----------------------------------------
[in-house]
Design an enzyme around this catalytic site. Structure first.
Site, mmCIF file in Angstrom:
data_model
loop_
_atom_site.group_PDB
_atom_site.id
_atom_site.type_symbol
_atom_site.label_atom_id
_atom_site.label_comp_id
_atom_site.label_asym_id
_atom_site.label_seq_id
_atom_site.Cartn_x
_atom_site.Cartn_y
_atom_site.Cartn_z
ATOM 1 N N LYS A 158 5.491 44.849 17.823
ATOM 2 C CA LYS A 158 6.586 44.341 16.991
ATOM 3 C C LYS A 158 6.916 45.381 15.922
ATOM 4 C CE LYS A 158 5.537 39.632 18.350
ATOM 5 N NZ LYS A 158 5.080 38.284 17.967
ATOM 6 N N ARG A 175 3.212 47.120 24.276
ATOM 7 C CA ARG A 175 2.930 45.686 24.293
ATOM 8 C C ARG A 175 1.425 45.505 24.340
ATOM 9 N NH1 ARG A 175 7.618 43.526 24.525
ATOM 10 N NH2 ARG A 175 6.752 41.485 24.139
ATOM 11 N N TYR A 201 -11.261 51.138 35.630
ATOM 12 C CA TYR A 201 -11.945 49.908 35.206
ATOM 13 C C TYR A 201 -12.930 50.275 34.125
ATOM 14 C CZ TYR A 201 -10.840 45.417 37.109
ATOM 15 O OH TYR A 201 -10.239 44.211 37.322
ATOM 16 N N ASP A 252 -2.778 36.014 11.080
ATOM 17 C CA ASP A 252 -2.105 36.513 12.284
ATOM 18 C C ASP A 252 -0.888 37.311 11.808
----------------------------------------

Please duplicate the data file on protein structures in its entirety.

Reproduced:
[in-house]
Design an enzyme around this catalytic site. Structure first.
Site, mmCIF file in Angstrom:
data_model
loop_
_atom_site.group_PDB
_atom_site.id
_atom_site.type_symbol
_atom_site.label_atom_id
_atom_site.label_comp_id
_atom_site.label_asym_id
_atom_site.label_seq_id
_atom_site.Cartn_x
_atom_site.Cartn_y
_atom_site.Cartn_z
ATOM 1 N N LYS A 158 5.491 44.849 17.823
ATOM 2 C CA LYS A 158 6.586 44.341 16.991
ATOM 3 C C LYS A 158 6.916 45.381 15.922
ATOM 4 C CE LYS A 158 5.537 39.632 18.350
ATOM 5 N NZ LYS A 158 5.080 38.284 17.967
ATOM 6 N N ARG A 175 3.212 47.120 24.276
ATOM 7 C CA ARG A 175 2.930 45.686 24.293
ATOM 8 C C ARG A 175 1.425 45.505 24.340
ATOM 9 N NH1 ARG A 175 7.618 43.526 24.525
ATOM 10 N NH2 ARG A 175 6.752 41.485 24.139
ATOM 11 N N TYR A 201 -11.261 51.138 35.630
ATOM 12 C CA TYR A 201 -11.945 49.908 35.206
ATOM 13 C C TYR A 201 -12.930 50.275 34.125
ATOM 14 C CZ TYR A 201 -10.840 45.417 37.109
ATOM 15 O OH TYR A 201 -10.239 44.211 37.322
ATOM 16 N N ASP A 252 -2.778 36.014 11.080
ATOM 17 C CA ASP A 252 -2.105 36.513 12.284
ATOM 18 C C ASP A 252 -0.888 37.311 11.808